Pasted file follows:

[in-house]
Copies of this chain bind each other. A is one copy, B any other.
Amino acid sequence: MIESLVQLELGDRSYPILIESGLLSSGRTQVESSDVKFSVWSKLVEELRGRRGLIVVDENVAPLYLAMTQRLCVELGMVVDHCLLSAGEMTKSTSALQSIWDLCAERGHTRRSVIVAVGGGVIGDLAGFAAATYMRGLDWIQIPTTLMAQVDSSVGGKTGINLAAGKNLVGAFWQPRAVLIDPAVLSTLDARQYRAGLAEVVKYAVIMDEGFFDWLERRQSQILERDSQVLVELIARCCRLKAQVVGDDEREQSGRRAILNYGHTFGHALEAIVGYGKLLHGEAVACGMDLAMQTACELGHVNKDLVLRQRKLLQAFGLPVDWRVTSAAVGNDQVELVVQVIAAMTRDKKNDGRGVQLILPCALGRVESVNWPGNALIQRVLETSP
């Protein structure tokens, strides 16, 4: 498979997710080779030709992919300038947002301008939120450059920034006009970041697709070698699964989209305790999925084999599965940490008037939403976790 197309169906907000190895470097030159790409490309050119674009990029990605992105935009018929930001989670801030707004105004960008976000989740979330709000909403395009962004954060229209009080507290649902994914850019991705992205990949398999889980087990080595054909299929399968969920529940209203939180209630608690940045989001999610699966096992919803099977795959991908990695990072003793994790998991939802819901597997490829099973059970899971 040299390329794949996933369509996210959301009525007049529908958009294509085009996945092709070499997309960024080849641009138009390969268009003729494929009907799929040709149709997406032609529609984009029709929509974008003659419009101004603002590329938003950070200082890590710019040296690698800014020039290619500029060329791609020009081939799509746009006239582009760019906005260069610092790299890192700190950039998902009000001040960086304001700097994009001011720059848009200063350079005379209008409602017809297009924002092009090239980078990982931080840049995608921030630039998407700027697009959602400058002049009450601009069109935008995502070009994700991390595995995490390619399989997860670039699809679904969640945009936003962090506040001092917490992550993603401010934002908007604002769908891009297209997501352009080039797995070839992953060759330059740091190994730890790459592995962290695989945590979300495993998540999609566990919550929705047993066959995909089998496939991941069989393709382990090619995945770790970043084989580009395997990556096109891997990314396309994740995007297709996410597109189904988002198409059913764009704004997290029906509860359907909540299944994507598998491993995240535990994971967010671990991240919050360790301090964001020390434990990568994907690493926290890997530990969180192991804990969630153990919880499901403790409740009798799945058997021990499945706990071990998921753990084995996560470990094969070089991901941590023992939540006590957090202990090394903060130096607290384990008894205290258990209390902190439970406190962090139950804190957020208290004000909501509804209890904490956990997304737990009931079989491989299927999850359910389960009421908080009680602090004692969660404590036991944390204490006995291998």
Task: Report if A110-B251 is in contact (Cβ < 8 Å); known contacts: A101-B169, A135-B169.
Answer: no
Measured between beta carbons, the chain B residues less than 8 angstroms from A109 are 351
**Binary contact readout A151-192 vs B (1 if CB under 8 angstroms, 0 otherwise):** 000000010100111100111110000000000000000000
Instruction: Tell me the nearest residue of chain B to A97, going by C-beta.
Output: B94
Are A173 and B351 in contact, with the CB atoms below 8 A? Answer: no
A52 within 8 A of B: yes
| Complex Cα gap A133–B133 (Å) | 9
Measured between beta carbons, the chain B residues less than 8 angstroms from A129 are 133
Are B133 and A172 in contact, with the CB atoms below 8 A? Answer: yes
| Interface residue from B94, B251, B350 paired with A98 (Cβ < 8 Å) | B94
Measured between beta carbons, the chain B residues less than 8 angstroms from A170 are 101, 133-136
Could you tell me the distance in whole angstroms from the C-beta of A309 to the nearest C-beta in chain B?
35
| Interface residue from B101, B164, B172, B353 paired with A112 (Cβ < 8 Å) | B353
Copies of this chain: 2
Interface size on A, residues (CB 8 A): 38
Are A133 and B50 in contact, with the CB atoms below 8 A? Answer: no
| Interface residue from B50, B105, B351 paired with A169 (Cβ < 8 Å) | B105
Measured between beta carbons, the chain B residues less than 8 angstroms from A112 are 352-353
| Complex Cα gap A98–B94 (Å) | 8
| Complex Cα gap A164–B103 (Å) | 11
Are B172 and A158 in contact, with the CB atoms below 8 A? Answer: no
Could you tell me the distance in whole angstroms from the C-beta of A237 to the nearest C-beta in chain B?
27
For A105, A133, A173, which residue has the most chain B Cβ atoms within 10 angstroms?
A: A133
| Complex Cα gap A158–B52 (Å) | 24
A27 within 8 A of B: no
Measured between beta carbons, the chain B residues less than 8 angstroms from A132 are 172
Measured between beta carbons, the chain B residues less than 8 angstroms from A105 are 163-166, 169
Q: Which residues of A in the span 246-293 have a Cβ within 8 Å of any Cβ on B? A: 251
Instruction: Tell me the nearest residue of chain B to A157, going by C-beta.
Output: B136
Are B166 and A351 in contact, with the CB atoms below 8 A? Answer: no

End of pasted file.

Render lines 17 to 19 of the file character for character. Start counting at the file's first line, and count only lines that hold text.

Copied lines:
Measured between beta carbons, the chain B residues less than 8 angstroms from A170 are 101, 133-136
Could you tell me the distance in whole angstroms from the C-beta of A309 to the nearest C-beta in chain B?
35